An inside peek at how I make my soap...


I wanted to show you a bit of how I make my old fashioned cold process soap. Today I am doing my Double Chocolate Bliss Soap.  Follow me as I show you some of the steps in how to make soap. :)



First, you need to get all your supplies ready.  Make sure you have your mould ready to go and all your oils and lye ready.  You will be pouring immediately, so you don't want to be scrambling to find your mould.


This is the lye water.  You want to mix this very carefully.  Lye is caustic.  I add the measured water to the pot and then I add the measured lye.  You want to do all your measuring on a digital scale.  It must be precise.  When adding lye, always add the lye to the water and not the water to the lye.  Remember "snow on the lake"  If you add it backwards you will have a lye volcano...No heat is put on this pot.  The lye creates it's own heat when it reacts with the water. :)


Next, while the lye is doing it's thing, you will want to melt the oils you choose for your soap.  I don't use lard and instead use a blend vegetable shortening, coconut oil, and olive oil. I keep it simple. :) (I don't give exact amts due to it being a recipe for my business)  I choose to have an all vegan soap.


When they are melted down, it will look like this.  You will want both the lye and the oils to be around 95 degrees.  I don't use a thermometer.  I do it by touch. (no I don't touch the lye)  I start my lye water and leave for 5 min.  I come back and start to measure my oils and melt them.  After they are melted, if I can stick my pinky finger in the oils without pulling it back out from too much heat, it is ready.


I then add the oils to the lye water like this.  Do this very slowly.  You don't want any splashes.  Lye is very caustic.



After stirring in the oils with a spoon, I then use a stick blender (mine is a kitchen aid) to mix the oils and lye together to get to trace.  You can see it is changing color....this is normal.


Here it is changing to a lighter color and getting thicker.


You can't see it too good here, but it is coming to a light trace.  Trace is where you take the soap mixture and drizzle some on top and if it leaves a mark or "trace" it is getting close to moulding.  For this chocolate batch, I removed some at light trace to mix in the white chocolate and the other half was mixed with dark chocolate and organic chocolate oil.


Here is the white chocolate half and you can see more of the trace on the surface of this.


Here is the chocolate half and you can see how thick it is.  You want it to be the thickness of pudding.  Here I added the white chocolate to swirl in the pot.  (no pic)


Here is the soap mouled.  You can see some of the swirls that were made...



After you mould the soap, it needs to be insulated so it will gel.  Gelling helps saponify the soap, which is the lye eats all the wonderful oils and become neutralized.  In the end, there is no lye in the soap.  I insulated this chocolate soap because there wasn't much sugar in it due to the dark chocolate being a bitter chocolate.  If your soap has a lot of sugar in it from say honey, you won't want to insulate it as it will heat up enough on it's own.  If you insulated a sugary soap, you run the risk of it overheating and not coming out like you want.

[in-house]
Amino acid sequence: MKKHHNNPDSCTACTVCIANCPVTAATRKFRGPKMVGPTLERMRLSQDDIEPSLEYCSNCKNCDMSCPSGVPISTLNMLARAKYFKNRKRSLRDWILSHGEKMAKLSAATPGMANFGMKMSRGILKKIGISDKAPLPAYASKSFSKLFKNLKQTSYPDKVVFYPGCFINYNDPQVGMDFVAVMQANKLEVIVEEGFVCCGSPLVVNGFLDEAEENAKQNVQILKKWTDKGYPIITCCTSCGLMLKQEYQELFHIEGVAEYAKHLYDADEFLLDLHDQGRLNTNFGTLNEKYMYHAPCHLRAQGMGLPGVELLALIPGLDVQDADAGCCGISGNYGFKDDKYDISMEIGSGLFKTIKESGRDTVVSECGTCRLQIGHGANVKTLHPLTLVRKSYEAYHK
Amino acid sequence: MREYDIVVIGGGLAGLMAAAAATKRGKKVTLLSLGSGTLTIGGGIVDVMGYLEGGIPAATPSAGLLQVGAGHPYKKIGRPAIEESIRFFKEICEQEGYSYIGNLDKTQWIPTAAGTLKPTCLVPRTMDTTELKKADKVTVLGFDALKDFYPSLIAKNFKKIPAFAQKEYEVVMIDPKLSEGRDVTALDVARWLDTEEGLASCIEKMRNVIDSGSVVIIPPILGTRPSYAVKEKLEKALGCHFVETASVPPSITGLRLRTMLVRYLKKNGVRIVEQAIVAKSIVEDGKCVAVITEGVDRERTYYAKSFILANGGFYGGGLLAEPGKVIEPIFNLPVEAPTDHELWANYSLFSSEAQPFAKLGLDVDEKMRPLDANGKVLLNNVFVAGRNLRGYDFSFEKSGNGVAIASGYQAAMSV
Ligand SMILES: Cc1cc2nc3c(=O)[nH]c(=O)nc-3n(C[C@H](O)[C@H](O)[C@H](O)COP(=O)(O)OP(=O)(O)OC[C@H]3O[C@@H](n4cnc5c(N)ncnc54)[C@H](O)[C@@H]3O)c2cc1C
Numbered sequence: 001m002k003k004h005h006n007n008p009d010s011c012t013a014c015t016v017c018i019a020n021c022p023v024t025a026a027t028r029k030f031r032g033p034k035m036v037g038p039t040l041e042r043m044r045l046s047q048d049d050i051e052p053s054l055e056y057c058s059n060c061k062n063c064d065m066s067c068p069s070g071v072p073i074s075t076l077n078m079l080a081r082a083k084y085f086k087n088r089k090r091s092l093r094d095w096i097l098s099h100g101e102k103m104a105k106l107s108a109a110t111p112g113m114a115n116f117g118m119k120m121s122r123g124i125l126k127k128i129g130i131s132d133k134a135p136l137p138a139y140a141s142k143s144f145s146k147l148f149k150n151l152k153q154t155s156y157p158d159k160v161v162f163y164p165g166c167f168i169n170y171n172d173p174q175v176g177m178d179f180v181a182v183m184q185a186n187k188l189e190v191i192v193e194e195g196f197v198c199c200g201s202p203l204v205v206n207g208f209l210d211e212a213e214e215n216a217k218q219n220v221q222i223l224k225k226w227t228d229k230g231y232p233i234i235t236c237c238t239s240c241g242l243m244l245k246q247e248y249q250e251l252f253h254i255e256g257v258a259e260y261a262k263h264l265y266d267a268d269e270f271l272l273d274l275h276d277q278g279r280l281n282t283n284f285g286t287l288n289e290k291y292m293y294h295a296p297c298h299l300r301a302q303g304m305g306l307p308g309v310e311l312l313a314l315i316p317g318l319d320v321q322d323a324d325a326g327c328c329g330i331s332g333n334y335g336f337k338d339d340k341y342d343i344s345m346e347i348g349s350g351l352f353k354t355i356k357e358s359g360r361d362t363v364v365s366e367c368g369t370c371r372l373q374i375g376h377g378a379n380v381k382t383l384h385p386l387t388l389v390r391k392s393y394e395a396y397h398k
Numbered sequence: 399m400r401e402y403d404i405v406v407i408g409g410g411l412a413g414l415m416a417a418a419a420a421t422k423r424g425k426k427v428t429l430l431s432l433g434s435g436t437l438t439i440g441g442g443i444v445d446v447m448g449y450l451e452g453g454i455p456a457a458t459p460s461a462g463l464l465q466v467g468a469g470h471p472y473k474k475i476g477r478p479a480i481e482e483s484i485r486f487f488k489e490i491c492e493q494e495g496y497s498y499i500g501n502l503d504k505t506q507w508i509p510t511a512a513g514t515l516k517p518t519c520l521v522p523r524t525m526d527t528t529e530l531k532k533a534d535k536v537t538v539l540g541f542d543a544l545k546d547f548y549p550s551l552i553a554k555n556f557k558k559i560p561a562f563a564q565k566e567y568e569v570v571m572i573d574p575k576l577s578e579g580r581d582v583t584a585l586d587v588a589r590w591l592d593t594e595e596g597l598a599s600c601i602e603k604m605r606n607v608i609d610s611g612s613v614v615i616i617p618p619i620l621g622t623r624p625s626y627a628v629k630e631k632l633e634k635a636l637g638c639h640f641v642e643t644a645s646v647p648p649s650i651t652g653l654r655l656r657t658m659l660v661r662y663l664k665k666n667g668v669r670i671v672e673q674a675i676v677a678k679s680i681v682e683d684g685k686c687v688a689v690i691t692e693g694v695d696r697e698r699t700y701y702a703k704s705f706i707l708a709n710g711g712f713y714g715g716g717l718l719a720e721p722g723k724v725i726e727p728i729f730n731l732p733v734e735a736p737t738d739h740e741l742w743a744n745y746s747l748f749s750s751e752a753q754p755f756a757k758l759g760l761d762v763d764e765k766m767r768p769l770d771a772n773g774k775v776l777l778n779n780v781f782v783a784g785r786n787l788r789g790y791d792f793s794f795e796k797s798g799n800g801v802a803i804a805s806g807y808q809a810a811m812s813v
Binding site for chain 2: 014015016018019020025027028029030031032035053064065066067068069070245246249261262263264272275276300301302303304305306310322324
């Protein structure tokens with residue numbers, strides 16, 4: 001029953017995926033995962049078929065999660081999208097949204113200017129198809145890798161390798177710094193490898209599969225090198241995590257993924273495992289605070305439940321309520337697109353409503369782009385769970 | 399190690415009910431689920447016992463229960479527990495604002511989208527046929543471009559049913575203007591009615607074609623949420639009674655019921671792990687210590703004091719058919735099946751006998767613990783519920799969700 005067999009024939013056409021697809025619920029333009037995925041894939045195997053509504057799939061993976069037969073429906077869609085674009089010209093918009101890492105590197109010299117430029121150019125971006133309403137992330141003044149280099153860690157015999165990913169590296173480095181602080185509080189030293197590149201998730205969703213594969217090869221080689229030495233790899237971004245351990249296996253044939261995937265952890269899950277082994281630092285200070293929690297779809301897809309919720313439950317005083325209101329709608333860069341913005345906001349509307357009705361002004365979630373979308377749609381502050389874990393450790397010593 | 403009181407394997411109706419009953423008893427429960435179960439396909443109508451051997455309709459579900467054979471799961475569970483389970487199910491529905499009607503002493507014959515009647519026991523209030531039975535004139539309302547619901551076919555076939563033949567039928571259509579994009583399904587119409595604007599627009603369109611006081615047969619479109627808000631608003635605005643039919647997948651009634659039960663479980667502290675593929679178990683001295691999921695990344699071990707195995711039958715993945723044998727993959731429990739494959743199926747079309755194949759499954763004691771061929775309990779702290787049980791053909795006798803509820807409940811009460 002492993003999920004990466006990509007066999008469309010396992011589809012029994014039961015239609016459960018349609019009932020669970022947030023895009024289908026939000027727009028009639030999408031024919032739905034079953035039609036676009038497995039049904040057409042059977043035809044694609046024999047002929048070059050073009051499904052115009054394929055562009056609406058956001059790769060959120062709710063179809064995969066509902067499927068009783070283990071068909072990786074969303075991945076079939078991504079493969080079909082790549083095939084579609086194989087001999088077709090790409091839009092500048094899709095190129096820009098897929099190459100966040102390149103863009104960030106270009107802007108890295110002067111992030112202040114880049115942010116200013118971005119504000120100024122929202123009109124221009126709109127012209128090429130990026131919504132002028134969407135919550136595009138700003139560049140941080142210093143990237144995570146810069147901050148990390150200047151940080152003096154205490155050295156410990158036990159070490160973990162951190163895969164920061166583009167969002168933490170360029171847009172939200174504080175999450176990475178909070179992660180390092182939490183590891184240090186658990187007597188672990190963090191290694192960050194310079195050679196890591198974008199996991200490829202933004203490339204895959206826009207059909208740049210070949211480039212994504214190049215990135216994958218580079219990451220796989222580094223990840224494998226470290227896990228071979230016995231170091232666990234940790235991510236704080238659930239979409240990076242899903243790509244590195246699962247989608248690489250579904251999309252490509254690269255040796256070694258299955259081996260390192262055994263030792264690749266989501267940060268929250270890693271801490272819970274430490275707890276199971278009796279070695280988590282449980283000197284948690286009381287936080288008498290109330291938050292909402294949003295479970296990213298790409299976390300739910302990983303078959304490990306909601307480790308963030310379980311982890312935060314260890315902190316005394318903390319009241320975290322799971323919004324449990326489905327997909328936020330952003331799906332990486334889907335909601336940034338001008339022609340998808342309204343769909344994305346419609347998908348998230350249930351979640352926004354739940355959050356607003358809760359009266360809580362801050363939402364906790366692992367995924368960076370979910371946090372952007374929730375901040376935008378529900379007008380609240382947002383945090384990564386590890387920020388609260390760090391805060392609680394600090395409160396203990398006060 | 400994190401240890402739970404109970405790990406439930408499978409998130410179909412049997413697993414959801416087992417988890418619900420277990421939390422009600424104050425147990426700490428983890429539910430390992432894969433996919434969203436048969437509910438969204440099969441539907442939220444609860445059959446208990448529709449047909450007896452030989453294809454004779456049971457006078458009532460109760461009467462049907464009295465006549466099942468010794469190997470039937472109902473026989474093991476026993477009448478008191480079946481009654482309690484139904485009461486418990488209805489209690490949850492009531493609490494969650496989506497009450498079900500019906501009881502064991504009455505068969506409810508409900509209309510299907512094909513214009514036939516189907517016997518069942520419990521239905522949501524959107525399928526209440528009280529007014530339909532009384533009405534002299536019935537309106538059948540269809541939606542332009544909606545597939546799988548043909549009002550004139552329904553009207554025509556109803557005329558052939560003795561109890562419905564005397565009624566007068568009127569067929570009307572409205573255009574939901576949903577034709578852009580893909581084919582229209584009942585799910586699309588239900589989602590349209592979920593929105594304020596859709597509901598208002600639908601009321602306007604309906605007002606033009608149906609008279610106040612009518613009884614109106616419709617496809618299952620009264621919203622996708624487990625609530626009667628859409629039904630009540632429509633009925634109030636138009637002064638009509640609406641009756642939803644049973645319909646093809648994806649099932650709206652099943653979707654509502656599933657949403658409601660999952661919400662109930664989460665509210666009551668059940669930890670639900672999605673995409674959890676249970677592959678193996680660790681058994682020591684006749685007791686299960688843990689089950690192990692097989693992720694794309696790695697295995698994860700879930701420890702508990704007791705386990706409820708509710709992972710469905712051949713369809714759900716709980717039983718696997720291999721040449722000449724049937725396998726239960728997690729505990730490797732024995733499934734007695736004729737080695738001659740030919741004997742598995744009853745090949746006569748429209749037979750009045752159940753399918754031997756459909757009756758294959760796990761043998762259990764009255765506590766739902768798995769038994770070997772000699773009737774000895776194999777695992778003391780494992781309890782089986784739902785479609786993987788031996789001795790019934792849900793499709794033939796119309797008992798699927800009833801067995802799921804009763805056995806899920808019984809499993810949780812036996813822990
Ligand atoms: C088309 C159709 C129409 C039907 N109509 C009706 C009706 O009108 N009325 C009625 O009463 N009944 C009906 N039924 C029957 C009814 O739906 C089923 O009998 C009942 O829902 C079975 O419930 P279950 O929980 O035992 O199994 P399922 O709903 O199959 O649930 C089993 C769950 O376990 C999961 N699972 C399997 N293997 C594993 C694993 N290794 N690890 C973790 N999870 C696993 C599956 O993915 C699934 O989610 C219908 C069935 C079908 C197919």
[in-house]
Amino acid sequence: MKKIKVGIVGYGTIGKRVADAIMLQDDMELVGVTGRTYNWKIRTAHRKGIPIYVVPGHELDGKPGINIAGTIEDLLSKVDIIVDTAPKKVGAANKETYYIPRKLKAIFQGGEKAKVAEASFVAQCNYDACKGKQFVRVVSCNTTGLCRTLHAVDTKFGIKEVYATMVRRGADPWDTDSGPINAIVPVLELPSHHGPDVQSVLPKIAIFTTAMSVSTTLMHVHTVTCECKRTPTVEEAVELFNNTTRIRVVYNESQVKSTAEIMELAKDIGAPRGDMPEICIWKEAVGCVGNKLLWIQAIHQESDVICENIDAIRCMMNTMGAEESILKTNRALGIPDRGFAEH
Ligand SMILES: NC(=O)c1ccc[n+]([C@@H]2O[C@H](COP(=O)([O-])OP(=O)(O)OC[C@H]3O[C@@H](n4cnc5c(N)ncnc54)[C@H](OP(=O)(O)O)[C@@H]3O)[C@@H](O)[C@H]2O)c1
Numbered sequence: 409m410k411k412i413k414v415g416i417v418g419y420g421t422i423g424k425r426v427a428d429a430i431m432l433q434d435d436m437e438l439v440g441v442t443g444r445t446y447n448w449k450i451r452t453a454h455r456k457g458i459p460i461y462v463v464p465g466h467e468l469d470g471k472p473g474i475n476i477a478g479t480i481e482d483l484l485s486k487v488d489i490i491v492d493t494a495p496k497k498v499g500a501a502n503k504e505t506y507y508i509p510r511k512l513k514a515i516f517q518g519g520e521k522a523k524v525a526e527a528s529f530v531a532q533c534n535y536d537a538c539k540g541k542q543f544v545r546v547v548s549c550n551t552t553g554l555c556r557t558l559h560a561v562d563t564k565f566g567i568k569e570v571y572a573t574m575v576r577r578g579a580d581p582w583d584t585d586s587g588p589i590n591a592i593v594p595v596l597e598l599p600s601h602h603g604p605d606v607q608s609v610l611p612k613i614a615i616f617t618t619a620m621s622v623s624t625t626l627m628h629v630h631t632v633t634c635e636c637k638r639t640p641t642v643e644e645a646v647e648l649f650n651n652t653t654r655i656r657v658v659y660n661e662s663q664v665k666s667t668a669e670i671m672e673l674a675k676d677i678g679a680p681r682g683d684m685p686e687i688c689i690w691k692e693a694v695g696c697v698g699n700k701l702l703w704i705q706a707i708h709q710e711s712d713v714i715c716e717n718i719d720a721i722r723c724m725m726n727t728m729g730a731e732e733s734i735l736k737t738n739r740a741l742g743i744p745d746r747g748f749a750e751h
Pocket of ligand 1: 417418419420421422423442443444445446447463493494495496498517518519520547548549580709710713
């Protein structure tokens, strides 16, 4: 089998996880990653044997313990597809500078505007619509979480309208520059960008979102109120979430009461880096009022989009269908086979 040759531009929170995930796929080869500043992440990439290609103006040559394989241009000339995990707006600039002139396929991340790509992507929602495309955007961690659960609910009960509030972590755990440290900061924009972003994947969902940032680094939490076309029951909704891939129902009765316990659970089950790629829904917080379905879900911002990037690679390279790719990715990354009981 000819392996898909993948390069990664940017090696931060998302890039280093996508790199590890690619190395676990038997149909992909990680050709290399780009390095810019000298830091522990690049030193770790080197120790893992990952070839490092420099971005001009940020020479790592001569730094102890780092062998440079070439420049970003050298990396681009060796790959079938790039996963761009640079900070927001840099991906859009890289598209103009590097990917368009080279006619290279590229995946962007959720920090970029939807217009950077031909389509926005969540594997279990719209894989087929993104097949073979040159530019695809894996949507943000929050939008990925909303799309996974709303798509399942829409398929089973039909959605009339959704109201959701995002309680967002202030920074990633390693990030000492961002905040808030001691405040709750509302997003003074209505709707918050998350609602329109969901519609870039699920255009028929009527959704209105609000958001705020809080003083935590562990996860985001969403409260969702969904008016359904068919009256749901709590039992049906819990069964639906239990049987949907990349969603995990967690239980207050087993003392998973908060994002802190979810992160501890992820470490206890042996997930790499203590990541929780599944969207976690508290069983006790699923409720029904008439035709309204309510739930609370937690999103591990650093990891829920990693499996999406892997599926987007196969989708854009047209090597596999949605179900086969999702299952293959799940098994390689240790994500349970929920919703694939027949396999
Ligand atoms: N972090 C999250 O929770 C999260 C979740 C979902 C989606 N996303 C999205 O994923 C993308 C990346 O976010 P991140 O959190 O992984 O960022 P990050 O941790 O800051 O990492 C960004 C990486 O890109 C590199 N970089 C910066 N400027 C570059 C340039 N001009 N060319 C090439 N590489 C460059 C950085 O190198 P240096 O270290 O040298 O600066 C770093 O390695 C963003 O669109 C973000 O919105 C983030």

I hope this little tutorial helps you understand a bit more of what I do when I make soap. :)  It is so fun for me to do. :)

Comments

  1. Thanks for the view into your process. I returned a hand held blender that I bought because I thought it was going to be too high of a speed - even on low! Do you mix your lye/oils on a high speed? I have only hand mixed and that can be quite a task if my trace is slow to happen!

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  2. I mix on the lowest speed, which is 1. I love this kitchen aid stick blender because it's heavy duty and can stand up to lots of use! :)

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  3. Thanks Stephanie, I really enjoyed your step by step information. I never have made soap before, but I feel like I would like to now that you shared how to. Where do you buy your lye at? I also wonder about what I can use as moulds. I agree with your style of life and have many things in common, sewing, crocheting, simple living, off the grid, farming and gardening. I grew up in MT. Hope you can make it there some day soon! Love and blessings to your family, Mary Kate

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  4. I am glad you enjoyed the post. :) What a blessing to grow up in MT! I pray I get there someday, also. :) Lord willing...
    I get my lye at an Amish bulk foods store or at Menards. It must be all lye (sodium hydroxide) and not like drain cleaner...Good luck!

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  5. I have been making soap for a couple of years now, but I have never seen a mold like yours. I bought a couple of lidded boxes at Hobby Lobby that would hold a 4# batch, and line them with freezer paper. I had no idea trace was supposed to be thick as pudding! I have never waited that long! YIKES! Mine is about as thick as...maple syrup? It has always come out fine, tho. I never took a class, but learned online. Now I like to have others come to my home and learn from me...but I best be looking into "trace" a bit more, eh?
    Thanks!
    In Christ alone,
    Cindy

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